2021 has seen its share of riots and protests as the number of fatal police shootings of minorities – including minors – continue to climb.
During the Chauvin murder trial in April, police shootings continued, a tragic juxtaposition.
And as a jury delivered a momentous guilty verdict, a police officer in Ohio would fatally shoot 16 year old Ma’Khia Bryant within 10 minutes of receiving an emergency call. Five additional police shootings would occur in the 24 hours after the verdict.
As police-involved shootings mount, Baltimore activists continue to host protests and call for national reform. Associations like The Black Lives Matter Interfaith Coalition – an activist group – have been on the frontlines mobilizing forces in the hundreds in the Baltimore area since last summer. The group started with 35 members and now comprises over 30 churches, synagogues and nonprofits. On Martin Luther King Day, the Coalition led a 100- car-caravan through Baltimore against police brutality.
Race relations remain tense, especially after the Jan. 6 insurrection in the Capitol that put white supremacy on display once again. Groups like NFAC (Not Fucking Around Coalition), are mobilizing Black followers to counter right wing militia groups in 2020 like the Proud Boys. Asian hate-crimes continue to rise across America. And although employment rates have dropped, millions continue to be out of work sinking many into poverty.
From Where I sit
In 2013, I wrote about leaving the land of the free to find freedom in Trinidad and Tobago.
After years of contending with America’s tumultuous racial scope, I grappled with a system that disproportionately created devastating outcomes for Black people in America.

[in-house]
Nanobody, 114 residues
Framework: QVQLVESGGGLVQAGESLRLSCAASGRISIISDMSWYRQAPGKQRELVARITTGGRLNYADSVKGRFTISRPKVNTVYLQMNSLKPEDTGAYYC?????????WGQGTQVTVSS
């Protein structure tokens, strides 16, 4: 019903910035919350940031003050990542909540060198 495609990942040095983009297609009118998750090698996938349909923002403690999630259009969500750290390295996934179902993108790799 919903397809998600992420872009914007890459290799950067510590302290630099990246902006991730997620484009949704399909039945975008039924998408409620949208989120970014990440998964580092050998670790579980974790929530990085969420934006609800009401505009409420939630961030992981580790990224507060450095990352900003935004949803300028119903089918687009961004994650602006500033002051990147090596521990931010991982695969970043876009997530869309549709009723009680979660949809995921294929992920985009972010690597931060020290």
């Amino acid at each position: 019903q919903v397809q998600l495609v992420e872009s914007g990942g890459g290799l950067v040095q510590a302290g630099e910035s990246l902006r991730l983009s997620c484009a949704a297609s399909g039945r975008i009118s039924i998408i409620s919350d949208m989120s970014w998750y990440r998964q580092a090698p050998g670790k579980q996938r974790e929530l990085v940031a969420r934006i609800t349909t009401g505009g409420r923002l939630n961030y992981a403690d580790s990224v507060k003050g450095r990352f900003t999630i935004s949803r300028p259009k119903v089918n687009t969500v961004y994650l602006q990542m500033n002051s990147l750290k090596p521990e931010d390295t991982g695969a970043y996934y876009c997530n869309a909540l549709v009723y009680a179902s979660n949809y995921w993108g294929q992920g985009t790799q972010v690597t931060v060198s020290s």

I rebelled against that system that was poised to make me a statistic.
Finally giving up on the American dream I held so dear from childhood. Now that I have children of my own, I wonder what their America will be like.
From my vantage point outside of the United States, I watch and wait. A year after George Floyd, I wait.
I wait for the day people that share my skin tone are not killed by police in viral videos on the internet. I wait for the day I do not have to have “the talk” with my son about how the color of his skin may make him intimidating. I wait for the day Black people are not trapped in a system of devastation and a cycle of poverty and incarceration.
I wait for the day a school-to-prison pipeline cannot consume my children and their hued peers. I wait and hope any change is not met with gruesome backlash. I wait for lasting change that will ease my burden and relieve my fear.
I yearn to see the day that my children can proudly wave the American flag, and be confident that the freedom it represents also applies to them.
Adam DeRose contributed reporting to this article.